Just when you thought it was safe to come out again, a new living wage could come upon us! Kidding aside, employers across the United States have not only seen recently a spate of minimum wage increases, debates, and law changes in the last few years. They have also seen a bunch of local communities and cities choose to set up a living wage within their borders. Just this month, a new living wage law was passed that for the first time extended a living wage throughout a whole state—that being Maryland.
Now I got word of another living wage movement taking place in the community of Greensboro, North Carolina. There in the northern part of the northern half of the Carolinas, a movement started for and by the citizens of the state is pushing for a living wage of $9.36 per hour.
The name of the group leading the campaign to draft a living wage law in Greensboro is the Greensboro Minimum Wage Campaign. The purpose behind it is to do what most supporters of living wages push for—which is to give certain workers, or all workers in some cases, in a given area more salary than the minimum wage. The reason is that the minimum wage is generally set based on what the old minimum wage used to be, added with the rate of inflation to keep it up to date.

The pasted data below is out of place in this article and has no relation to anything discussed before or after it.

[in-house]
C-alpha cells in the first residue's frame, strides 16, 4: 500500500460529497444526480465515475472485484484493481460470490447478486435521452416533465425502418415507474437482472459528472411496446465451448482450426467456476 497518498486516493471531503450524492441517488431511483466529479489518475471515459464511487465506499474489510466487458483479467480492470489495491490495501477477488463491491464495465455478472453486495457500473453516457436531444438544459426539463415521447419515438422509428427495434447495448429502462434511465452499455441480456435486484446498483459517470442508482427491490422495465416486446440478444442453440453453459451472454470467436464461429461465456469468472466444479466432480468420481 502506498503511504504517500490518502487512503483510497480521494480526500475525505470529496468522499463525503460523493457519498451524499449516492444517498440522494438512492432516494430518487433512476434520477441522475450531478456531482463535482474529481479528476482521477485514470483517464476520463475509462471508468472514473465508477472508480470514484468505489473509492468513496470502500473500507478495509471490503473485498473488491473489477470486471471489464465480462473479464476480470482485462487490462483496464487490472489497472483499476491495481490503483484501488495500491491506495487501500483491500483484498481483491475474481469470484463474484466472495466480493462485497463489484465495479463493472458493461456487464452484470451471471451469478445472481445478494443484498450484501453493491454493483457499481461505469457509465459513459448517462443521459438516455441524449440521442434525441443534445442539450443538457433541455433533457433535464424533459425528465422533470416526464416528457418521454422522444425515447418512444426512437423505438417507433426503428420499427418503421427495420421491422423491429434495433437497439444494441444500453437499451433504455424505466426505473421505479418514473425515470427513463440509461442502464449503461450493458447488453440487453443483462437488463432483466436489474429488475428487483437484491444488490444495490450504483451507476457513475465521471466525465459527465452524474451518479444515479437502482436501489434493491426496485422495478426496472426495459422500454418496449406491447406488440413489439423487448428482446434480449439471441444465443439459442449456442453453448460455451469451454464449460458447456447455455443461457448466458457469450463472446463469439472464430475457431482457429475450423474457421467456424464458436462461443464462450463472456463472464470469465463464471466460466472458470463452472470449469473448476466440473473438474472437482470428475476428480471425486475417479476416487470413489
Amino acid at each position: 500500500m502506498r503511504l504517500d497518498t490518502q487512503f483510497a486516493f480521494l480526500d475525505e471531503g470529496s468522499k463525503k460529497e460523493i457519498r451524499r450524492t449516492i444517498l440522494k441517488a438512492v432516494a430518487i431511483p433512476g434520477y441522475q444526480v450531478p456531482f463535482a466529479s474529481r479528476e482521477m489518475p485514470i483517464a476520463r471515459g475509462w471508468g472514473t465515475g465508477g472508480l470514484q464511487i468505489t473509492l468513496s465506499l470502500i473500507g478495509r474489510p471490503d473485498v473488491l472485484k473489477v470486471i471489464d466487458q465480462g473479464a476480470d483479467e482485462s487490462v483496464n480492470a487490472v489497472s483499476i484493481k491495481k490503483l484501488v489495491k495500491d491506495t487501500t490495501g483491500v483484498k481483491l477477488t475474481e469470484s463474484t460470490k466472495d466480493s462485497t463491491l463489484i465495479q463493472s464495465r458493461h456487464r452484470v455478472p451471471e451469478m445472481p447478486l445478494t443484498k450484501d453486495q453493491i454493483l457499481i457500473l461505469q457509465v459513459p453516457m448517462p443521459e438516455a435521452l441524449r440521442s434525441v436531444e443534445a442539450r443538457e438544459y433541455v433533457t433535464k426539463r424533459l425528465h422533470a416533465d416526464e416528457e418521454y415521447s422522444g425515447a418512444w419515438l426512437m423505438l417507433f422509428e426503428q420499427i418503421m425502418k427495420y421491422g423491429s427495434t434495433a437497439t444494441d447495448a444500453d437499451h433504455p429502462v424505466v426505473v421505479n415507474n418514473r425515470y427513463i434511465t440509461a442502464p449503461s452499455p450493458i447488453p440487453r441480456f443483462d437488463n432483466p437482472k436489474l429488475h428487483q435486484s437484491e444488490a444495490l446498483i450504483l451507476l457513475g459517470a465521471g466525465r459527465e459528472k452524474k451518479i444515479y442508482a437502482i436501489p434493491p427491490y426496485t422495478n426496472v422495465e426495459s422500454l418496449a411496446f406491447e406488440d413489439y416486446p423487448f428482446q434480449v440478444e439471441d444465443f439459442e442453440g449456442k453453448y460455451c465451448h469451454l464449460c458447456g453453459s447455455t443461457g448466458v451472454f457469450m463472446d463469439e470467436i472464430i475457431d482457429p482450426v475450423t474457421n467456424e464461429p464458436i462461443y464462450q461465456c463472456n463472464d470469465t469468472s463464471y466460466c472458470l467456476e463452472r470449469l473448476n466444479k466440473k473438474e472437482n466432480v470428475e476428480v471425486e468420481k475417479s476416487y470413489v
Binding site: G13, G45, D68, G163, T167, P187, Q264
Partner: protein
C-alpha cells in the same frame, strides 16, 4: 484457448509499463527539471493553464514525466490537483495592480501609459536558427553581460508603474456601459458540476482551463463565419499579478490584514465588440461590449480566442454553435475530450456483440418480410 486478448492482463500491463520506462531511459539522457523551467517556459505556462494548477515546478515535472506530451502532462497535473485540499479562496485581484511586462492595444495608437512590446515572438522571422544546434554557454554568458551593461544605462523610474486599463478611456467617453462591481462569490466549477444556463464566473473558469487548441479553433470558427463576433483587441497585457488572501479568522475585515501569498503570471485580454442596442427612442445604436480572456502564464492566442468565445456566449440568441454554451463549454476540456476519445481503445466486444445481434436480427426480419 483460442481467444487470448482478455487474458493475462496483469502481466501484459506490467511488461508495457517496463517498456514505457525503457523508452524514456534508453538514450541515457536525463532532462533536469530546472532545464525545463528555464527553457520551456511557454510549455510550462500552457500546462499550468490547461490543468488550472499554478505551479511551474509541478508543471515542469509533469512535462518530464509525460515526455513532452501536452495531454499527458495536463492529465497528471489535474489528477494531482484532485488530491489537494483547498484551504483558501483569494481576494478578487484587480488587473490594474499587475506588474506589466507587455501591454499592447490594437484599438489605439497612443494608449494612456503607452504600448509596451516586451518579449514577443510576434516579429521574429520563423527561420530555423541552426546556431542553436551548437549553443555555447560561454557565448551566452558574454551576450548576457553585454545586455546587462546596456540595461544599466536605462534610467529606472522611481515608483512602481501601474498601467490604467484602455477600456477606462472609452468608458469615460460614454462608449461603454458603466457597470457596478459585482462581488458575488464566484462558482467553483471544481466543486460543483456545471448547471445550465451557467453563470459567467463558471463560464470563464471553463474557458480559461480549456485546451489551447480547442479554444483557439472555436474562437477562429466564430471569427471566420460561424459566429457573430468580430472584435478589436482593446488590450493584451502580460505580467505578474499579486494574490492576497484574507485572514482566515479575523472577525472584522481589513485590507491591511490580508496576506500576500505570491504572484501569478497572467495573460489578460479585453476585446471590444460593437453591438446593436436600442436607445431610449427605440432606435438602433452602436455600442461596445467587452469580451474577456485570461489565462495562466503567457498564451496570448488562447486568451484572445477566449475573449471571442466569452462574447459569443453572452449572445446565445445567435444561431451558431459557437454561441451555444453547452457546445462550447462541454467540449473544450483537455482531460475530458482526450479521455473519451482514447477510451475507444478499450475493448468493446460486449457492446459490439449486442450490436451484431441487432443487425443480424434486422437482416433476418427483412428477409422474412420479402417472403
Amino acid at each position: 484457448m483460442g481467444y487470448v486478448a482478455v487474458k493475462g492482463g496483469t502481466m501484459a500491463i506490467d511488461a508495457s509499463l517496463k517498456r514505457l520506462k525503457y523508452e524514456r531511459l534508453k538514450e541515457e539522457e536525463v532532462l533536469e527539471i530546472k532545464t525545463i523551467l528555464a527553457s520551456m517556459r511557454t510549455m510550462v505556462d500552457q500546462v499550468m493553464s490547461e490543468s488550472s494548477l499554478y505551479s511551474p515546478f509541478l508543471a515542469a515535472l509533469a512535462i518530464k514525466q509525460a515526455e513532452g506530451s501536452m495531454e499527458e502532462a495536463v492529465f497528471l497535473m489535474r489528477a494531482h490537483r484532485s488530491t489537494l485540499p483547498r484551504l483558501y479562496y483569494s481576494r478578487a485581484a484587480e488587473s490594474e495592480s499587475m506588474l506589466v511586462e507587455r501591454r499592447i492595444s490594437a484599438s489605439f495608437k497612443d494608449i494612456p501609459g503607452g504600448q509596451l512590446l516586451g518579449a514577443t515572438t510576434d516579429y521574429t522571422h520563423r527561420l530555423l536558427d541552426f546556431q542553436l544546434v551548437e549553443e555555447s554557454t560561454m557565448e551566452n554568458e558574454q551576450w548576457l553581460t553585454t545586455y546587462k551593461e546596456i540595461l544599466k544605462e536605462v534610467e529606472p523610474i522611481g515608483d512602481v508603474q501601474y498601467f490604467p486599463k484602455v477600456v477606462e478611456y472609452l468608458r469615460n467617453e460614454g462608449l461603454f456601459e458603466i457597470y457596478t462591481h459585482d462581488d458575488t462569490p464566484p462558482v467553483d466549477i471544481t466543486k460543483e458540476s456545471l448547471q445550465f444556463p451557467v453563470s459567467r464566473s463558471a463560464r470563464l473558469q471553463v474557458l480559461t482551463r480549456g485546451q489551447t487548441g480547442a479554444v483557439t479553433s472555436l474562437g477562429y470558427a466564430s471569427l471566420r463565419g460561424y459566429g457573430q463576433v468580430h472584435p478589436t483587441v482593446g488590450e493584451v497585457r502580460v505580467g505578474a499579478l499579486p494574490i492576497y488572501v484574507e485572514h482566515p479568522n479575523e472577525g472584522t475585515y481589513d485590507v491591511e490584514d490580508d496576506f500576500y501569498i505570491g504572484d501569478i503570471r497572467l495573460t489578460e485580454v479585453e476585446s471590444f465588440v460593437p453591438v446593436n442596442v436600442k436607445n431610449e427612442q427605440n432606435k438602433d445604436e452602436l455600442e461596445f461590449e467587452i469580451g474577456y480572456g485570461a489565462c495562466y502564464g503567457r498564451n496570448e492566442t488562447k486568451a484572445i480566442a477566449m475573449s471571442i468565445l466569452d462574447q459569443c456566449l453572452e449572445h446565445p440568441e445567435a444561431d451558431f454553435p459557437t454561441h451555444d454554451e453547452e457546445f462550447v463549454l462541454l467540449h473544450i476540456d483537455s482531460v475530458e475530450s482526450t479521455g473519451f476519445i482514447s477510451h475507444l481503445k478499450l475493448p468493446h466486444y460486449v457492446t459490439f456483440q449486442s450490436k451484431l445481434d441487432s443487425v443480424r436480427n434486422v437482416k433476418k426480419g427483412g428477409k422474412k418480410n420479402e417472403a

On the other hand, a living wage such as the one proposed in Greensboro is meant to ensure that a worker makes enough per hour to bring their annual salary at or above the federal poverty level, which is generally considered along the lines of: what would it take two adults working full time to make enough to reach the poverty line for a family of four in that given area.
Here’s breaking news on the Nevada minimum wage. Wal-Mart, Inc., hired workers and called them managers. It then worked those “managers” more than 40 hours a week but did not pay them overtime. Now the retail behemoth must pay $33 million in back wages and interest to 87,000 workers.